Tuesday was evidently National Teacher Appreciation Day.
I am not a teacher, but I have long thought about getting into education at some point in my life. I think my older son Beckett would be an outstanding teacher because I see a lot of the same traits in him that I remember from my favorite teachers and some memorable educators he and my son Carson have had through the years.
A good teacher’s impact can be felt for many years. I can still recall moments with teachers that had a profound impact on me. Some memories had to do with education lessons while most had to do with leadership and character.
For my son Beckett, 14, he has a handful of teachers he still refers to in random conversations. Most of his recollections have nothing to do with core school subjects. He remembers certain approaches they taught him or impactful casual conversations that served as life lessons.
For Carson, 13, due to his special needs, school is another matter altogether. Nonetheless, there have been about a dozen teachers whose names I can rattle off who have impacted him and Pam and I as his parents. The common trait among these quality individuals was empathy and how they showed it to our boy and us. The special needs journey is complicated, but it’s smoothed when we have a supportive education team that recognizes his strengths and understands his shortcomings.
While I have not taught, I am a coach. I have coached hundreds of local kids while raising my own boys. There have been memorable seasons with responsive and dedicated players as well as some forgettable ones with stubborn and unteachable types.
In recent years, Pam and I have assumed leadership roles in the TOPSoccer program at River Soccer Club. TOPSoccer is a recreational sports program for those with intellectual, emotional and physical disabilities. We have been involved with the program for about 10 years, the last few leading the training on the field.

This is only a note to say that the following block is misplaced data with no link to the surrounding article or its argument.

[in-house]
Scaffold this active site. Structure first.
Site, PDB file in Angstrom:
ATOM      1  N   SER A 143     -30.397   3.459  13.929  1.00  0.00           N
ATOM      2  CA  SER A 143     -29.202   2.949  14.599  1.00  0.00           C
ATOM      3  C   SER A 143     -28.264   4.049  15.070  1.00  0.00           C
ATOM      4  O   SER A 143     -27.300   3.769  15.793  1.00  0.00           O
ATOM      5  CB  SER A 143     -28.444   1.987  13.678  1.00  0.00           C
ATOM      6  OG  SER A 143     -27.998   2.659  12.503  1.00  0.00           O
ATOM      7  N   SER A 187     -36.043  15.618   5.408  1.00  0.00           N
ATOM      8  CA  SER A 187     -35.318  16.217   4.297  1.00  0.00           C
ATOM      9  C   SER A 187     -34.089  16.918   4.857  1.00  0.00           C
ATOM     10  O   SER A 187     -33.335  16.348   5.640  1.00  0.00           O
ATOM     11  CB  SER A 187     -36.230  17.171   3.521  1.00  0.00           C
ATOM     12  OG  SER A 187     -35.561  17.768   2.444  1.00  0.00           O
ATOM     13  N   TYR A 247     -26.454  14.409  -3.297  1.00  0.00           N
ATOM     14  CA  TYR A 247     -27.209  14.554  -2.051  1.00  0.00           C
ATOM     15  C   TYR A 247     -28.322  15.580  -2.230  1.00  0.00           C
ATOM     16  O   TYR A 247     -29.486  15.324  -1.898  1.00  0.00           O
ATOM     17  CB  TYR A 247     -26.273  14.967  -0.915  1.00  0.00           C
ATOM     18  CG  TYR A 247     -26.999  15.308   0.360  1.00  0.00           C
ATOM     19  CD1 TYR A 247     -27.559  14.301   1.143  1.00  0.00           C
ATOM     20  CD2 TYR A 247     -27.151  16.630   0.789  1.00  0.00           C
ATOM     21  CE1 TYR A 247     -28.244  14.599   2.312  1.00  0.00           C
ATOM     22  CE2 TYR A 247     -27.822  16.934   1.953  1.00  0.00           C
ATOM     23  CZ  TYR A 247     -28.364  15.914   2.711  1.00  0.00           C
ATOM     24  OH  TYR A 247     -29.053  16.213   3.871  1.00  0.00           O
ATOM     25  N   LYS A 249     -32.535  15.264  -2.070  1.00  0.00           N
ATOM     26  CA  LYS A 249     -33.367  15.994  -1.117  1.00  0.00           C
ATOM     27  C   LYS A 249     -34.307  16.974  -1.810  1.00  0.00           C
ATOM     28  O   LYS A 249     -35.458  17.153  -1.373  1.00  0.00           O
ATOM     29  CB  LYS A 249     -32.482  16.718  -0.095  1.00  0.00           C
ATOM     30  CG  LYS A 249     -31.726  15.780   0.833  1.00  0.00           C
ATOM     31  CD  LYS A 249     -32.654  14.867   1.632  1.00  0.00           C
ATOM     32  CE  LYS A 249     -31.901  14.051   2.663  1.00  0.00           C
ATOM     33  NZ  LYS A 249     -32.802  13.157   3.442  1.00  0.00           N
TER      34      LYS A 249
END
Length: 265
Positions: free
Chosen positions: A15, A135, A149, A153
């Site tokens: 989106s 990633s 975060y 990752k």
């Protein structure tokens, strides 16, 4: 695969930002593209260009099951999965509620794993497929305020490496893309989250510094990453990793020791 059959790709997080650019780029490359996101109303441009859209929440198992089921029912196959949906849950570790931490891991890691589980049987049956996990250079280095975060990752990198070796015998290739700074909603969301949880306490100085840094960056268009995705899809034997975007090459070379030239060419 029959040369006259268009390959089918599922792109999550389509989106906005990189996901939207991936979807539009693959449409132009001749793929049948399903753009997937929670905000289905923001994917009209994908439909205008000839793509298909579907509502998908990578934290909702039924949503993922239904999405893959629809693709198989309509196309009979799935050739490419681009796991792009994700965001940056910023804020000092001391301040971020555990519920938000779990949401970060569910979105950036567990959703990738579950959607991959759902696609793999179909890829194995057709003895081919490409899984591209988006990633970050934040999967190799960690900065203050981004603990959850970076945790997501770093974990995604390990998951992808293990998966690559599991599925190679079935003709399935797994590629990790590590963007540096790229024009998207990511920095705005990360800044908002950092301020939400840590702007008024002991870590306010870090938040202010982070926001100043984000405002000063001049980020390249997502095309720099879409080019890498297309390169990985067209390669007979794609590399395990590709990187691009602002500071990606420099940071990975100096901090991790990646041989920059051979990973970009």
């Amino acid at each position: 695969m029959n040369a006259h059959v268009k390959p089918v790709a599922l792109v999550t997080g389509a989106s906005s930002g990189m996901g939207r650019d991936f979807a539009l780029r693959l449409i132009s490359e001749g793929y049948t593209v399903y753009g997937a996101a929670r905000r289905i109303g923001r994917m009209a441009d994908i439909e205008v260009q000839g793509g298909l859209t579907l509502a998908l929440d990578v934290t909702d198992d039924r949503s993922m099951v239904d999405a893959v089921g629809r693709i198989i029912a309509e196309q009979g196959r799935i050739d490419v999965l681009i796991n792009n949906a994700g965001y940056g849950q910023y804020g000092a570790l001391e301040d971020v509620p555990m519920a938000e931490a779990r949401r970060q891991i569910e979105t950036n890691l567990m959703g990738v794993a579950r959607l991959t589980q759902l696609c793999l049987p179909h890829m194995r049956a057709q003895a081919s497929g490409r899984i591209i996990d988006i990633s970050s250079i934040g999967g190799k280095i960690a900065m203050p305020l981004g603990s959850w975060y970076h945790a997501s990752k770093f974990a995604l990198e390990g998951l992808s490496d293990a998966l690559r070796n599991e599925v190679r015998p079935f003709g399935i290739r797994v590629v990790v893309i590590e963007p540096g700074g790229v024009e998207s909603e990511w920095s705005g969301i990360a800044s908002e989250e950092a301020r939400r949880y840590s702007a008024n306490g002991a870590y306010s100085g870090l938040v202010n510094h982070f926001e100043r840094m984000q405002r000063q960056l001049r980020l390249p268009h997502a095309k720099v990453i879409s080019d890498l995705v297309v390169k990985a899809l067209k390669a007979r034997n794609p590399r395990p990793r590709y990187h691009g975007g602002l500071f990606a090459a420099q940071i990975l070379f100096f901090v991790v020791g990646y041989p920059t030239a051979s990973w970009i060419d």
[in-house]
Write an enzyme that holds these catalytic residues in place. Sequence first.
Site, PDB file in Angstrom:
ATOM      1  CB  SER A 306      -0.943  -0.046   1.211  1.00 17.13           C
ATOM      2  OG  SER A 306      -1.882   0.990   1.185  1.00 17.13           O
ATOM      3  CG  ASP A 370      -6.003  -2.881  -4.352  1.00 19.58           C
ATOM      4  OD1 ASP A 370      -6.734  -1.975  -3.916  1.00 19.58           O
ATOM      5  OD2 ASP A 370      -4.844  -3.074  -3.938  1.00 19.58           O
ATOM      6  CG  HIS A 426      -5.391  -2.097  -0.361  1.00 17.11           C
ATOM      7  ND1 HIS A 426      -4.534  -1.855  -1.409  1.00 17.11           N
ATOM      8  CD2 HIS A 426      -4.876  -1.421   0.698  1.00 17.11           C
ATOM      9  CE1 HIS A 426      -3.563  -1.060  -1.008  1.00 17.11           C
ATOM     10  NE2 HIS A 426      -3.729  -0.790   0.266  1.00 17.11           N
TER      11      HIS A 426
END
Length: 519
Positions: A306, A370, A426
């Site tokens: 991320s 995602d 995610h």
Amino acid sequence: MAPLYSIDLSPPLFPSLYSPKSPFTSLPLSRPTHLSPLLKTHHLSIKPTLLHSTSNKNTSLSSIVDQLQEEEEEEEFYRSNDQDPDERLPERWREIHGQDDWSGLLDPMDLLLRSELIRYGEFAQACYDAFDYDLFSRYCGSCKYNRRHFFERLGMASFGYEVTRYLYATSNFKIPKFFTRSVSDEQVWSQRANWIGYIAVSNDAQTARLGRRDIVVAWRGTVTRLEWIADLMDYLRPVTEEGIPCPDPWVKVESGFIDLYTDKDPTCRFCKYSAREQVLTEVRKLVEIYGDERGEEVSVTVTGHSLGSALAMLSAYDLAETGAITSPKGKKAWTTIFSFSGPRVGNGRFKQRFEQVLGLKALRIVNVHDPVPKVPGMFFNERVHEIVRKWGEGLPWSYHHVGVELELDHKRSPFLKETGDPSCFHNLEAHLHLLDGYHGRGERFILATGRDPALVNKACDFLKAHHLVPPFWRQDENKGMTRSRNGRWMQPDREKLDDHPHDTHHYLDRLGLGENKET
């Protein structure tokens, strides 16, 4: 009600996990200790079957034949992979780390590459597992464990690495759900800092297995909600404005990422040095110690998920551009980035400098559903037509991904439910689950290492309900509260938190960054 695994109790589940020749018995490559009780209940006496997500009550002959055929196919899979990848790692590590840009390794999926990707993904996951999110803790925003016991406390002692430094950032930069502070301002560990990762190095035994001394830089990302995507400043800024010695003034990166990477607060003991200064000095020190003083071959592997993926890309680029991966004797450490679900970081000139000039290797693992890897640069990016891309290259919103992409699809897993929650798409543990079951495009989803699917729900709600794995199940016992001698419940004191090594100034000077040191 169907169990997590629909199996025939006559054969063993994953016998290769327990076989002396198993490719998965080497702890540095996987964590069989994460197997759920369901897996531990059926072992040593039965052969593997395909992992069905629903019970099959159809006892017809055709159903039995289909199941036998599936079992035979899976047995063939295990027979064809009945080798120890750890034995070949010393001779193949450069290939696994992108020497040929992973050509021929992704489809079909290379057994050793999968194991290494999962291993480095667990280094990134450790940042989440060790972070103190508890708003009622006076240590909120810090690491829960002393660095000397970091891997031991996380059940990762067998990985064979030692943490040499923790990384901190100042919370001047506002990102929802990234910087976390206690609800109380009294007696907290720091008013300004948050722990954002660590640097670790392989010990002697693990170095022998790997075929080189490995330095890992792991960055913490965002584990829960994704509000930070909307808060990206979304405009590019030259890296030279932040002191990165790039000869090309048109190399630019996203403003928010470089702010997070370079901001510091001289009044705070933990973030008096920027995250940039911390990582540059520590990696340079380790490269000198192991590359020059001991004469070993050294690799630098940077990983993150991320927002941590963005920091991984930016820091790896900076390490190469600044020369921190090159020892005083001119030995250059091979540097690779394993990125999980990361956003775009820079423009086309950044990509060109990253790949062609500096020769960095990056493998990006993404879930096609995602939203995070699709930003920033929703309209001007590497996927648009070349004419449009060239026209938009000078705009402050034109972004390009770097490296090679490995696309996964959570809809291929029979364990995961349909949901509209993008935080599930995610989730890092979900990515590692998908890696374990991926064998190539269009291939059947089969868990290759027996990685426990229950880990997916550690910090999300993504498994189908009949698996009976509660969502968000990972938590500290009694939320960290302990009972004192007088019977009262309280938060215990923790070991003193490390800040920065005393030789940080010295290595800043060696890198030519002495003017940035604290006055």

This program is near and dear to us. I have been thinking a lot lately about how we can do it better. This is not a league. It’s an hour session where we match up our players (who have a wide range of disabilities) with buddies (who are typically middle and high schoolers) and work through various drills.
Over the years, I have found pride in the connections made with the kids. I can typically bond with the players, even if it’s just for an hour on the fields. It has a major impact on me when a connection happens.
Over the last couple weeks, a new player has joined us with the most severe disabilities yet. Pam worked with him the first week, and there was a minor incident where she could have gotten hurt. I wanted to work with him last week. Despite best efforts, I just couldn’t get him to engage and stay on the field with me. He was struggling and I was sweating. It just wasn’t to be the first two weeks. We will try again, but the lack of success has been eating at me. With a few new tricks, I am ready to try again this weekend and have a positive impact on that family.
My wife Pam, who serves as a Court Appointed Special Advocate, recently attended a volunteer appreciation dinner for her tremendous contributions to our community. Included in a packet of things she came home with from the recognition event was a copy of the “The Starfish Story,” which was originally written by Loren Eiseley in 1969.
There are many adaptations of it on the web, but it speaks to the impact we can all have on others. It starts with one person. I feel like I missed the mark last week with that young soccer player, but it was not without effort and good intentions. I imagine there are good days and bad days like this for teachers who face unique challenges today. It’s often difficult to know the impact we have on other people’s lives, but I fully believe there are rewards to be experienced when the will and effort are there.
Along those lines, here’s an adaptation to share of the Eiseley’s essay:
Once upon a time, there was an old man who used to go to the ocean to do his writing. He had a habit of walking on the beach every morning before he began his work. Early one morning, he was walking along the shore after a big storm had passed and found the vast beach littered with starfish as far as the eye could see, stretching in both directions.
Off in the distance, the old man noticed a small boy approaching. As the boy walked, he paused every so often and as he grew closer, the man could see that he was occasionally bending down to pick up an object and throw it into the sea. The boy came closer still and the man called out, “Good morning! May I ask what it is that you are doing?”
The young boy paused, looked up, and replied “Throwing starfish into the ocean. The tide has washed them up onto the beach and they can’t return to the sea by themselves,” the youth replied. “When the sun gets high, they will die, unless I throw them back into the water.”
The old man replied, “But there must be tens of thousands of starfish on this beach. I’m afraid you won’t really be able to make much of a difference.”
The boy bent down, picked up yet another starfish and threw it as far as he could into the ocean. Then he turned, smiled and said, “It made a difference to that one!”